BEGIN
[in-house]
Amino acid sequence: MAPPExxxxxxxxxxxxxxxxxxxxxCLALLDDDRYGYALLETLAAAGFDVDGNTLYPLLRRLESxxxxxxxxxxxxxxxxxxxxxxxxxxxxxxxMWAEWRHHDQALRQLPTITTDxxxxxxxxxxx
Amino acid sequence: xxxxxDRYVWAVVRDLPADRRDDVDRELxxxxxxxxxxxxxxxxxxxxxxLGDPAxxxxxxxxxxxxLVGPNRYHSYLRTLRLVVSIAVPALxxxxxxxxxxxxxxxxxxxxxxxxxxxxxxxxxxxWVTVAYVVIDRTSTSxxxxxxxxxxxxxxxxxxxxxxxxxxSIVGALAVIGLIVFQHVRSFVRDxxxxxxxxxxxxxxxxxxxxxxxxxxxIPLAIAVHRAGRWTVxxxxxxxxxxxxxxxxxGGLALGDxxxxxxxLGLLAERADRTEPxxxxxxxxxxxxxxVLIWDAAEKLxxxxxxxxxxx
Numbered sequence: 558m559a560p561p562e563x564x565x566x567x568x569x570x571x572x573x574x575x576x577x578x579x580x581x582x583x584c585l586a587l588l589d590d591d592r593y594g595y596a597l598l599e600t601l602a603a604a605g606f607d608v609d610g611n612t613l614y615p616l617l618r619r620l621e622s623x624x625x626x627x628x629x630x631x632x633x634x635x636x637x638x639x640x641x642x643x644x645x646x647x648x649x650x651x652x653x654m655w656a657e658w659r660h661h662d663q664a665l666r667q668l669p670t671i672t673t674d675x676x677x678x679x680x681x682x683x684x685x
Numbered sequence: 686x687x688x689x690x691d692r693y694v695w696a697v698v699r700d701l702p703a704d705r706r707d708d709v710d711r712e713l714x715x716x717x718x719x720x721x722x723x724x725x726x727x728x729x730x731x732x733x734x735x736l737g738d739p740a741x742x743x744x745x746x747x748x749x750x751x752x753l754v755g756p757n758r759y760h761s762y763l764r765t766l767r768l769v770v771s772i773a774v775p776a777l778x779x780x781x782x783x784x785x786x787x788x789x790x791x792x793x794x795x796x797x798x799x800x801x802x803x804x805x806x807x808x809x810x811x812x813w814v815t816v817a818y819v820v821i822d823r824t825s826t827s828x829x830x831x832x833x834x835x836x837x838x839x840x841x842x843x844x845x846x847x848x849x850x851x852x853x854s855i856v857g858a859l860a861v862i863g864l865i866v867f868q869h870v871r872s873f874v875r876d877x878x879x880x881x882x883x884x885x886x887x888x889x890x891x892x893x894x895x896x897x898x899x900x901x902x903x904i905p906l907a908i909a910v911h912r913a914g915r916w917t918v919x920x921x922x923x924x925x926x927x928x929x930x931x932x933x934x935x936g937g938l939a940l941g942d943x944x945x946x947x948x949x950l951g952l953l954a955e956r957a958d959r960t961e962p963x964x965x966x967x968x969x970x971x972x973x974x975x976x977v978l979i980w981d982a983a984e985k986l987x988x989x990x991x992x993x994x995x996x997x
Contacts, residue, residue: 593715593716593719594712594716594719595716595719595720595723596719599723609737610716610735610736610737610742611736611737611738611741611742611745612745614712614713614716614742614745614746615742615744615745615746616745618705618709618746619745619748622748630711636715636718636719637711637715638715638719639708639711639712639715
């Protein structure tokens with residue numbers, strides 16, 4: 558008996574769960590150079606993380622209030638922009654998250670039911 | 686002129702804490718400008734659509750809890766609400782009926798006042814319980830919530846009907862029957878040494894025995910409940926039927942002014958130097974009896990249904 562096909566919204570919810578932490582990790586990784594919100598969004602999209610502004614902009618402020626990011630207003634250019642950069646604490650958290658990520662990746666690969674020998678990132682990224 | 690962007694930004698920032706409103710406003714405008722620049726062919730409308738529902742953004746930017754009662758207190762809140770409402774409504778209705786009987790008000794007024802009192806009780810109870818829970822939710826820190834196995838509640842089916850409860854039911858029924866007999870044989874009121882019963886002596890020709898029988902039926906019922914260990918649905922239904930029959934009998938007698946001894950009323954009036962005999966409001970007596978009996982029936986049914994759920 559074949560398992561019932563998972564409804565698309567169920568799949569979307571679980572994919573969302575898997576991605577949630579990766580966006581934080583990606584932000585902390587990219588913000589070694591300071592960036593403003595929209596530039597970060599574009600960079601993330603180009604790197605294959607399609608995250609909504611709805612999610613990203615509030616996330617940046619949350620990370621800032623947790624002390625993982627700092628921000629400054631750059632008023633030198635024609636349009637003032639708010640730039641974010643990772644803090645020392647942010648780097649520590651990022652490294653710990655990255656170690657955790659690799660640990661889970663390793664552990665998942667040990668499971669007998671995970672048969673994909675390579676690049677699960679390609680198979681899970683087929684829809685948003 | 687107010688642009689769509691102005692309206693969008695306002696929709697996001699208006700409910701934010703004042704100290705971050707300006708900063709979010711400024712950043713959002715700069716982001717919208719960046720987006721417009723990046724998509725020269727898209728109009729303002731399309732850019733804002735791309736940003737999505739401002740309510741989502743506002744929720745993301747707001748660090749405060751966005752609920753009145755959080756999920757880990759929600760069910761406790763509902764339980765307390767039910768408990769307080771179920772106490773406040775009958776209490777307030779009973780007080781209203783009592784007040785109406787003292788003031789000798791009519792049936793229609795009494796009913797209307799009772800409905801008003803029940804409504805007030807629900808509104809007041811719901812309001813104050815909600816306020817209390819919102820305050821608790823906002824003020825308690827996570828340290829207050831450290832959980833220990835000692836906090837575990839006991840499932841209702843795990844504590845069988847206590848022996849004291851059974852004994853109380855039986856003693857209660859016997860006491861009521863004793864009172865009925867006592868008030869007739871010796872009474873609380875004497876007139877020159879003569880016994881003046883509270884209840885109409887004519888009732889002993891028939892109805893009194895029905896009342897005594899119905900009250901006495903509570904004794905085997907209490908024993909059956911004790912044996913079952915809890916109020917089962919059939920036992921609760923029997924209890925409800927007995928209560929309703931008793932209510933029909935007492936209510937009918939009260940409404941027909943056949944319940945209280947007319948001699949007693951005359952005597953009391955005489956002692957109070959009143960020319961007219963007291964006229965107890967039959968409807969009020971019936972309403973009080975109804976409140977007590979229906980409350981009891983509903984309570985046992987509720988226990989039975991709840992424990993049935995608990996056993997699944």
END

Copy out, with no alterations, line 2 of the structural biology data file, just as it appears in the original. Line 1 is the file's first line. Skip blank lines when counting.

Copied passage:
Amino acid sequence: MAPPExxxxxxxxxxxxxxxxxxxxxCLALLDDDRYGYALLETLAAAGFDVDGNTLYPLLRRLESxxxxxxxxxxxxxxxxxxxxxxxxxxxxxxxMWAEWRHHDQALRQLPTITTDxxxxxxxxxxx